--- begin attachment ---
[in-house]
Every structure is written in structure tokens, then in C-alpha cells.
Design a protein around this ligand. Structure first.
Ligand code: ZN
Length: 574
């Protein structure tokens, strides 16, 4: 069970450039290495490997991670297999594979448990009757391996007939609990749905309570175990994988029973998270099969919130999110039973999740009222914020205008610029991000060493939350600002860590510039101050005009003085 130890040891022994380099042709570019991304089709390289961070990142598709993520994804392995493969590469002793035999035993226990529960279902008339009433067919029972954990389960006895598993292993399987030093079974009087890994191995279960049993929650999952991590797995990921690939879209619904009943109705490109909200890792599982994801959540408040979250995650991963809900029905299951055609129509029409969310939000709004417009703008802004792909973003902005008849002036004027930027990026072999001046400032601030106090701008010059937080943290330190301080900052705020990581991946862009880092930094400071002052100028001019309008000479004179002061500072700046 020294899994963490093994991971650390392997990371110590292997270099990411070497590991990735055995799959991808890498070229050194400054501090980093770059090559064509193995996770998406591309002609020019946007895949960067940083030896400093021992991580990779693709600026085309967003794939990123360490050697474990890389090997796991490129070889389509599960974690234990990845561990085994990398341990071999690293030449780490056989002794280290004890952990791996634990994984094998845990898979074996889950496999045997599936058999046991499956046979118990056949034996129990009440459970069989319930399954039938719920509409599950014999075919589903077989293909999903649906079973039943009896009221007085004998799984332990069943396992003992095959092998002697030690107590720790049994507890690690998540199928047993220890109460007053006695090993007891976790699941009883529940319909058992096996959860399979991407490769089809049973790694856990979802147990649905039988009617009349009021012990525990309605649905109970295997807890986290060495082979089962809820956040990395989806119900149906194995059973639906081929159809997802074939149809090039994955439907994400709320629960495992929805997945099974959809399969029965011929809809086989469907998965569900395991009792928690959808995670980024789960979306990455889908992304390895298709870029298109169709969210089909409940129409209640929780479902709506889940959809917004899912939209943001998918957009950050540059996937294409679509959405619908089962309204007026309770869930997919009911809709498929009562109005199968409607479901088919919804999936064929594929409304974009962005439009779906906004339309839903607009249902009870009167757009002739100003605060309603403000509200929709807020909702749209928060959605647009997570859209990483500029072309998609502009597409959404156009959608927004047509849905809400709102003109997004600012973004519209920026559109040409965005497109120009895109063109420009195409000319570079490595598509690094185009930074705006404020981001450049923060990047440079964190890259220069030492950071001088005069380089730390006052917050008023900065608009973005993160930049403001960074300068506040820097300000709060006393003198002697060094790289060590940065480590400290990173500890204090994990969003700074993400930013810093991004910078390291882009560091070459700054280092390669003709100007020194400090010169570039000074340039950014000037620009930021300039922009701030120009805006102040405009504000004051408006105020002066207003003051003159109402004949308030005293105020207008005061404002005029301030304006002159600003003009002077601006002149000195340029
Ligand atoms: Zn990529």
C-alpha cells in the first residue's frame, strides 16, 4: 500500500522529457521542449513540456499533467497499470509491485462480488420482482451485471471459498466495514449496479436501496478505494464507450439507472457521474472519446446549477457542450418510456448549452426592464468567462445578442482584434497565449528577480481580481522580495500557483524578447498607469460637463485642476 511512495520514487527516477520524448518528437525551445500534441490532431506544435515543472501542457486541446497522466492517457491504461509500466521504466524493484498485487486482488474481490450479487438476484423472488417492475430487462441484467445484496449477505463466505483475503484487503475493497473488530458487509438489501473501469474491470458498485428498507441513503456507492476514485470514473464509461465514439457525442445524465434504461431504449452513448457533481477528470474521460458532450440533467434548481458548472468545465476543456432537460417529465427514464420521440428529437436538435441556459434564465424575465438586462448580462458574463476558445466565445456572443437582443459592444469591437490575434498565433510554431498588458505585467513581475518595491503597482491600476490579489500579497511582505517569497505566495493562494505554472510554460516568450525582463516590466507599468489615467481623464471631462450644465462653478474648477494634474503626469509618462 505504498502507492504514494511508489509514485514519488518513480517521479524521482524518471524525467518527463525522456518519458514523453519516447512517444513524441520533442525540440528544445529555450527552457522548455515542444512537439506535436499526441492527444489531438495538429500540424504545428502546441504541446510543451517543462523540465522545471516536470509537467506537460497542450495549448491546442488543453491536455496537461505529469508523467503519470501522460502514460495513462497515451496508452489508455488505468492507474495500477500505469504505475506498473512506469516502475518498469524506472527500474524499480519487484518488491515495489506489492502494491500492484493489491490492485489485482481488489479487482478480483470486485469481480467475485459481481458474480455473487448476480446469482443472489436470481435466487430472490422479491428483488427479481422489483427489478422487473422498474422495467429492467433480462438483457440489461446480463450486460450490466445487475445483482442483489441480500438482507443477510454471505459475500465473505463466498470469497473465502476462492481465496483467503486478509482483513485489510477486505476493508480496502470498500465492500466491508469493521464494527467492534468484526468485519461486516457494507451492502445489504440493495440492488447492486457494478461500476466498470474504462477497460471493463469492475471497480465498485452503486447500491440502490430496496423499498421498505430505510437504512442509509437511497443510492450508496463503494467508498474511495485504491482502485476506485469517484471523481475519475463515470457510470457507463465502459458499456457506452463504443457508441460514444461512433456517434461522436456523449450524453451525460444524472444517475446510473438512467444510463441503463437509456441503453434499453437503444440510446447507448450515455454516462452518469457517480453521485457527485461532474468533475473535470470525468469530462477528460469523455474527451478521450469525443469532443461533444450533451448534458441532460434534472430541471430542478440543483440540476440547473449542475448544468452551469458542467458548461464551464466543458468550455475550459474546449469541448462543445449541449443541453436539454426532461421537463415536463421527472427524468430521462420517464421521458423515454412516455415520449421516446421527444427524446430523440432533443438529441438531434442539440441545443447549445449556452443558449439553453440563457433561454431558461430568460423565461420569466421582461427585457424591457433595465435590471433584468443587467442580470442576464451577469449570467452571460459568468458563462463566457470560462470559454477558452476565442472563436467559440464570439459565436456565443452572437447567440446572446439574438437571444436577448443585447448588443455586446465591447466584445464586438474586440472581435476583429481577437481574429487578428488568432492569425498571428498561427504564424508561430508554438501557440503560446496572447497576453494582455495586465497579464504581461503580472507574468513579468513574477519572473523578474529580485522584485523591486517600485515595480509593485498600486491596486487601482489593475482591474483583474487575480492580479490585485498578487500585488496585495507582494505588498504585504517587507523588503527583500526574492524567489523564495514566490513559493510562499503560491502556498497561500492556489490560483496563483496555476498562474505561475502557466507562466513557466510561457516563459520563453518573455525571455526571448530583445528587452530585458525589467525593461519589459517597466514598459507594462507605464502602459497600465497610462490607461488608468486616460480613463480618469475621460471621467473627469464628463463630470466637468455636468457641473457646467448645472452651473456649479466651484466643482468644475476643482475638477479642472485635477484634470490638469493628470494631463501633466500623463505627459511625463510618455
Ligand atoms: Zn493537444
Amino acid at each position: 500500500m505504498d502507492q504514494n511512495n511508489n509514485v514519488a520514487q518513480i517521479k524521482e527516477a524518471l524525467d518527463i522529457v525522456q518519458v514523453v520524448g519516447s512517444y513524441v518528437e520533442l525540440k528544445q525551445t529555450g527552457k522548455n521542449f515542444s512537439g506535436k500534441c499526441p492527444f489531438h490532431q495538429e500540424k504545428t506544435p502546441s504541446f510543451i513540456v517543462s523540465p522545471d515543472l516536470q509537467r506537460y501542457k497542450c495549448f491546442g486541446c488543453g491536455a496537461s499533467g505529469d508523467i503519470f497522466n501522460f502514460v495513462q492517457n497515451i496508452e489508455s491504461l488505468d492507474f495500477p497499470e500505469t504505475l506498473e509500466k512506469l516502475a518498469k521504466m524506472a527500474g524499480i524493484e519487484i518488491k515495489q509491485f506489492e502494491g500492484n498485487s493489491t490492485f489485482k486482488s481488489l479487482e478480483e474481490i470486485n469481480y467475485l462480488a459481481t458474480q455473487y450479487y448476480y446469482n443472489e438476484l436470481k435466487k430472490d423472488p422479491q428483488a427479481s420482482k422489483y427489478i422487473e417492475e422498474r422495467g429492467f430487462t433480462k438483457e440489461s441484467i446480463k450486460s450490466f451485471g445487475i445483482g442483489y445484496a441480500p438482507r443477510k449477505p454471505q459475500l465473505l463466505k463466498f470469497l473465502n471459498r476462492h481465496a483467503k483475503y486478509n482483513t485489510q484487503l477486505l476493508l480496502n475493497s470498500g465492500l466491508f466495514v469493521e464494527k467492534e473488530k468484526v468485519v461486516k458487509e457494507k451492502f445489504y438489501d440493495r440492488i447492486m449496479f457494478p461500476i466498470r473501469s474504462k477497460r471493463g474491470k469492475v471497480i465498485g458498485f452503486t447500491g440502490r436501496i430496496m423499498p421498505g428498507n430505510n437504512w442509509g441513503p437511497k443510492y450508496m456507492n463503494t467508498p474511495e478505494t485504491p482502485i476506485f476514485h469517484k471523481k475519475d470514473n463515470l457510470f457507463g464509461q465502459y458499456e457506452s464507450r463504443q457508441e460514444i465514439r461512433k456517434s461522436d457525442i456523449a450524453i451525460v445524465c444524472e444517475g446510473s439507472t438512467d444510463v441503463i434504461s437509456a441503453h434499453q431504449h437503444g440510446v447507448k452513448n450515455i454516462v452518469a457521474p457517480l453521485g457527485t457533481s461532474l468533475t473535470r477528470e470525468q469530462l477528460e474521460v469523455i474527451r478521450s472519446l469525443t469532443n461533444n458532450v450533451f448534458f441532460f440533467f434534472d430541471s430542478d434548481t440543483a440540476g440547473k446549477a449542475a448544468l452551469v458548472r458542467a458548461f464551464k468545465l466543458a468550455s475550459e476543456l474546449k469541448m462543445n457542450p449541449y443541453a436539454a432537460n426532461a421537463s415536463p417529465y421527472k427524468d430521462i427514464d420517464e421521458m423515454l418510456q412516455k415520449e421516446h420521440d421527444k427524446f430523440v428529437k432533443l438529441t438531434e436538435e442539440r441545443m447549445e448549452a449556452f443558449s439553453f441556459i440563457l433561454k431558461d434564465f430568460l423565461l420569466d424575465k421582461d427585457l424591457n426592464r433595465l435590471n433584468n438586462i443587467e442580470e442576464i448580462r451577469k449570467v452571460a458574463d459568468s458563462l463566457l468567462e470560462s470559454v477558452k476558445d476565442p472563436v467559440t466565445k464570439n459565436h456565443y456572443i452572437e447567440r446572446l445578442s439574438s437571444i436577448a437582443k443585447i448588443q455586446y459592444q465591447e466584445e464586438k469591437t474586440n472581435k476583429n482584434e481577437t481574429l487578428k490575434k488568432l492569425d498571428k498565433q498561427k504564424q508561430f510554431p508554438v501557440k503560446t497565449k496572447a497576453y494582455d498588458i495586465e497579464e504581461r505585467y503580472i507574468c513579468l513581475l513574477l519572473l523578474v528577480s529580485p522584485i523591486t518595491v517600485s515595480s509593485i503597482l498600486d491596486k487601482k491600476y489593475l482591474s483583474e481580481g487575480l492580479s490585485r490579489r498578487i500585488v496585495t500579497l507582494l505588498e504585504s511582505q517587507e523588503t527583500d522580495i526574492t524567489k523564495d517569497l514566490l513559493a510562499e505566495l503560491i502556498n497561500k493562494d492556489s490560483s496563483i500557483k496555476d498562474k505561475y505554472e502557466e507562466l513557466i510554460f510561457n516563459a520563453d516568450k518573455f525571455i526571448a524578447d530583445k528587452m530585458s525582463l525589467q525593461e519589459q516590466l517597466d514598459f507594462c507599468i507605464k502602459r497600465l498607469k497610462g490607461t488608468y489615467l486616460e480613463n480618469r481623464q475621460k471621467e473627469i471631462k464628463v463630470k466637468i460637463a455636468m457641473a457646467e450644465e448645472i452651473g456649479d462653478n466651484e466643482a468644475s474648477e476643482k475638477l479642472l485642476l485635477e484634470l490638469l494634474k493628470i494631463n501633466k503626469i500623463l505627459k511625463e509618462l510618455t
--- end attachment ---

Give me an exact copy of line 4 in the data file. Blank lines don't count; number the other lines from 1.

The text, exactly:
Ligand code: ZN